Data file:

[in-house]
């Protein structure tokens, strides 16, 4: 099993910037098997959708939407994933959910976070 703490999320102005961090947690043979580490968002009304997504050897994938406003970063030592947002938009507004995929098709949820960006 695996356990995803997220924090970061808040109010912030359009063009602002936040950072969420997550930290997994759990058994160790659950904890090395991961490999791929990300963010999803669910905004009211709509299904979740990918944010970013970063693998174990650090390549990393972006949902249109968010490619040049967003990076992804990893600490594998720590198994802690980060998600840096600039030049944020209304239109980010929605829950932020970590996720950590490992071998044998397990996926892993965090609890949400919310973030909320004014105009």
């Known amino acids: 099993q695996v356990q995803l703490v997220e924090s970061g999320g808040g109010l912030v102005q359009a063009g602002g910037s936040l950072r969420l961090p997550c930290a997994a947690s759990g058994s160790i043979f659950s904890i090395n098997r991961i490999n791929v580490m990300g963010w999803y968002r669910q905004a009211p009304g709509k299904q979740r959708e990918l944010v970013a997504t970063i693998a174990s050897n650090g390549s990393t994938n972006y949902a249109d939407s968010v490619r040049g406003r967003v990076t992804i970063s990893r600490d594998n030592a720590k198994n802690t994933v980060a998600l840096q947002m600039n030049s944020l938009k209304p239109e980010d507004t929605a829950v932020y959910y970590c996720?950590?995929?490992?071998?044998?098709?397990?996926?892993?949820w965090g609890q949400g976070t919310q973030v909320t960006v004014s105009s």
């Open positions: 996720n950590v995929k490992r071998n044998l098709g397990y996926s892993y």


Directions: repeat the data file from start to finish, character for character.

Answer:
[in-house]
């Protein structure tokens, strides 16, 4: 099993910037098997959708939407994933959910976070 703490999320102005961090947690043979580490968002009304997504050897994938406003970063030592947002938009507004995929098709949820960006 695996356990995803997220924090970061808040109010912030359009063009602002936040950072969420997550930290997994759990058994160790659950904890090395991961490999791929990300963010999803669910905004009211709509299904979740990918944010970013970063693998174990650090390549990393972006949902249109968010490619040049967003990076992804990893600490594998720590198994802690980060998600840096600039030049944020209304239109980010929605829950932020970590996720950590490992071998044998397990996926892993965090609890949400919310973030909320004014105009």
């Known amino acids: 099993q695996v356990q995803l703490v997220e924090s970061g999320g808040g109010l912030v102005q359009a063009g602002g910037s936040l950072r969420l961090p997550c930290a997994a947690s759990g058994s160790i043979f659950s904890i090395n098997r991961i490999n791929v580490m990300g963010w999803y968002r669910q905004a009211p009304g709509k299904q979740r959708e990918l944010v970013a997504t970063i693998a174990s050897n650090g390549s990393t994938n972006y949902a249109d939407s968010v490619r040049g406003r967003v990076t992804i970063s990893r600490d594998n030592a720590k198994n802690t994933v980060a998600l840096q947002m600039n030049s944020l938009k209304p239109e980010d507004t929605a829950v932020y959910y970590c996720?950590?995929?490992?071998?044998?098709?397990?996926?892993?949820w965090g609890q949400g976070t919310q973030v909320t960006v004014s105009s």
């Open positions: 996720n950590v995929k490992r071998n044998l098709g397990y996926s892993y």